Humphrey, Brussels – Was that really it?

I’m careful about being overly critical about restaurants, as I tend to pay attention to details that other people wouldn’t necessarily care or complain about. But if friends of yours agree with you and some chefs around Brussels share your opinion too, you can’t be that off.

Humphrey is a well-known name in the Brussels food scene, as one of its founders, Yannick Van Aeken, used to work at the world-famous Noma restaurant in Copenhagen, that is due to reopen soon. Yannick left Humphrey and now, the co-founder, Glen Ramaekers, runs the restaurant by himself, which is a five-minute walk away from the metro station Botanique. Maybe my expectations were too high, or maybe the place has simply changed since Yannick is not in the kitchen anymore, but I was a bit disappointed.

The interior is very cosy, dimmed light, a lot of wood, an open kitchen with a large dark green marble working space, wooden tables, wooden ceiling and graphite coloured tiled floor. The space was redesigned by Frederic Nicolay – a well-known architect in Brussels – into a romantic interior that charms with its dimmed and pleasant lighting.

The waiters were very nice, as well as the chef. We were quite a big group, a challenge in itself for a restaurant, and ordered a menu for 40€, which normally isn’t an option, as group menus usually start at 75€, so it was nice that an exception was made for us (even though we didn’t know this before). Unfortunately, the food wasn’t really exceptional and considering the image the restaurant tries to build and the overall sum our table paid for what we got, this was hardly satisfying.

The dinner started with fried zucchini tempura and a soy-based dipping sauce: this was quite delicious, and some summer rolls together with a peanut spread: nice, but nothing exceptional. After half an hour or so we received a bowl of roasted cauliflower on a hazelnut mousse, to be shared by 3-4 people, which was also good.

I think our main course arrived after another 45 minutes of waiting and included a 1-2 small pieced of cod, which I found extraordinarily delicious; tender and soft, tasteful and served in a nice sauce. A bowl of plain rice was served with the cod and a few minutes later pork skewers arrived, 1 or 2 for each one of us. I wasn’t annoyed about quantity here; if you go to a star restaurant you’ll also get a small piece of everything, but I expect something very nice then.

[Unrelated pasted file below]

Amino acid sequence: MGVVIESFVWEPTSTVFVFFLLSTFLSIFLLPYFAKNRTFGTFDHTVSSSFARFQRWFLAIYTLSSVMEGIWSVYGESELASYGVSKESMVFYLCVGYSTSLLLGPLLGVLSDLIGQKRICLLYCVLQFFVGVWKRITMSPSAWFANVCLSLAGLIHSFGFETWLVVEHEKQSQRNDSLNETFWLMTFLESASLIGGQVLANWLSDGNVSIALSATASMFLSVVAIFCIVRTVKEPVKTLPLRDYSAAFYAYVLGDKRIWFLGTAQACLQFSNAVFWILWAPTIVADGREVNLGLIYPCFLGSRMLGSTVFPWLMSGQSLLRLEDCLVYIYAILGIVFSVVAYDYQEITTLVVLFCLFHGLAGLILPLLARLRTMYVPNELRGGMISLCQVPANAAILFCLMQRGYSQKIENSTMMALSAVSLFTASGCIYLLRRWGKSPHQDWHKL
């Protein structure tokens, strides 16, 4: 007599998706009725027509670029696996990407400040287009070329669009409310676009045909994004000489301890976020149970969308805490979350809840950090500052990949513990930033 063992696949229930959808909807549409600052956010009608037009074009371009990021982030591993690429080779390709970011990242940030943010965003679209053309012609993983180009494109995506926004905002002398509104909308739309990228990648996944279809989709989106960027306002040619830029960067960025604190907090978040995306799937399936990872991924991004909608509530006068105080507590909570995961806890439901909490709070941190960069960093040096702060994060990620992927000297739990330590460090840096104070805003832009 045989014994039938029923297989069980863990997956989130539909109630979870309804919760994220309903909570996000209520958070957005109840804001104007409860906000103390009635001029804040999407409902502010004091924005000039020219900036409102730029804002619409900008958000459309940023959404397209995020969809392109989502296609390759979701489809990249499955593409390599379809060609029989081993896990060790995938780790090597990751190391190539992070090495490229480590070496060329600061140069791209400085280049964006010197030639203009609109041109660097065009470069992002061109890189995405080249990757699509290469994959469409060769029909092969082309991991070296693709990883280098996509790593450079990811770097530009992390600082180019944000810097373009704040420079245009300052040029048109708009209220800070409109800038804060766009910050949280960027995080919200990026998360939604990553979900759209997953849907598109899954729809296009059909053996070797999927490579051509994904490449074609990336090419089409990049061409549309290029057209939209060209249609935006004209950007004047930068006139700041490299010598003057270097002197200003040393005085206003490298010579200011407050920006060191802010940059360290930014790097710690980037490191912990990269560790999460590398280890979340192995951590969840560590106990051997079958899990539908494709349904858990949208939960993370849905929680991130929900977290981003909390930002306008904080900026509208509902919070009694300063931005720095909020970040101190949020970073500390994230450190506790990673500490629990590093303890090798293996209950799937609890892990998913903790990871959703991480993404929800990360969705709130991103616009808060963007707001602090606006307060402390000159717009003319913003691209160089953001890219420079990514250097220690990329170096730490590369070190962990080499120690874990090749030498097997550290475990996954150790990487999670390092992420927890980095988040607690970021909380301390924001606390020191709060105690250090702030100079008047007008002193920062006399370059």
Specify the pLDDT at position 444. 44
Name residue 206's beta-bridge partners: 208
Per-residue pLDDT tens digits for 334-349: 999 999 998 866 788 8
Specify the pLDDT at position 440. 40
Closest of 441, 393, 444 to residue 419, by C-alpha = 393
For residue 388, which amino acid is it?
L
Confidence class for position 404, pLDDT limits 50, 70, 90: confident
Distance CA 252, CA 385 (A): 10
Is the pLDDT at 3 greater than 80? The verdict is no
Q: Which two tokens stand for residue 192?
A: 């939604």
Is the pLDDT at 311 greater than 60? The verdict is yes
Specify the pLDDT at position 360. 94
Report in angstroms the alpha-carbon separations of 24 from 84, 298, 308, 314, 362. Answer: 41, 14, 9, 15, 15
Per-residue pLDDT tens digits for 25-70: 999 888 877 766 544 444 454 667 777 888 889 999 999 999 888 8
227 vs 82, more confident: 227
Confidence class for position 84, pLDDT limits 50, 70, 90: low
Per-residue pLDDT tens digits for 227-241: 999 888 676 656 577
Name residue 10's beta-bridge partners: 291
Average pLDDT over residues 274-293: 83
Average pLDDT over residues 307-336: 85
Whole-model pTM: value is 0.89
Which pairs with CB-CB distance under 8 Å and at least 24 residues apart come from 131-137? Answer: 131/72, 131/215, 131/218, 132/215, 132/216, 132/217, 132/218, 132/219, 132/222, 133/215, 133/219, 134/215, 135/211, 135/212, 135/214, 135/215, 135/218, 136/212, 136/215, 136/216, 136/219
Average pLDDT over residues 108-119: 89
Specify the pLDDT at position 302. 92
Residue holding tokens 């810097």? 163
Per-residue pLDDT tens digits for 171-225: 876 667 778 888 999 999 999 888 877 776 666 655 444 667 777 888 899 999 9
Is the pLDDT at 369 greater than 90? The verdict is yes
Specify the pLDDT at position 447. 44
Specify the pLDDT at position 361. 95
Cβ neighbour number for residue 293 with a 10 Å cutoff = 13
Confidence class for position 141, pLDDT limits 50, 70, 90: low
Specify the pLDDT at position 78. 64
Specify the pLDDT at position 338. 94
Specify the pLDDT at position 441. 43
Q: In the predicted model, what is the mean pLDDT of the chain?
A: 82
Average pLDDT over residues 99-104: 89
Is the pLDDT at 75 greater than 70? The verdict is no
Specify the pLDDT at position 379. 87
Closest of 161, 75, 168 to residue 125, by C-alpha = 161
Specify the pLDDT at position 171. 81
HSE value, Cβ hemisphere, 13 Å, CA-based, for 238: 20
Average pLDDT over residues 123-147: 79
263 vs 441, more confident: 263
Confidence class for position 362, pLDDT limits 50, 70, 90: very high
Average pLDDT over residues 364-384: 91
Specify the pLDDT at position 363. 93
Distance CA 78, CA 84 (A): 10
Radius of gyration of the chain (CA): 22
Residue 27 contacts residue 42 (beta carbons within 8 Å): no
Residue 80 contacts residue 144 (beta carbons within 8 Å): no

The skewers were marinated in a tasty sticky sauce, but the meat was dry, tough to eat and with a lot of fat pieces in-between. The rice was a bit tasteless, and the vegetarian option was a bit disappointing too. Instead of fish and meat, the two vegetarians amongst us, got a bowl of mashed sweet potatoes (without any particular seasoning) and a bowl with a bit of broccoli in a curry sauce, which was good, but for a main course very little and quite simple.

I loved one of the desserts (although I could’ve had more of the savoury food): cheesecake made from goat cheese on a short crust pastry with apples – amazing. The piece was so small though, one had the impression that every piece was weighed to the milligram. The second one, a pastel de nata, was fine but I’ve eaten better ones in Brussels.

Overall: I really liked the cod and the cheesecake, the tempura and the cauliflower were good, but the rest was nothing exceptional and definitely overpriced; even more when considering that in the end everyone was still a bit hungry. I think the chef is very nice and friendly, the interior is lovely and the concept of sharing good food among friends is great, which is why I find it a pity that food isn’t what I expected it to be and it wouldn’t make me come back a second time. I am happy I tried it, but sometimes expectations that come from the reputation of a chef, can turn into having rather a negative impact rather than positive.

Price: You’ll probably leave the place with a bill of minimum 60€ for food that is not exceptional and where a glass of wine is 8€.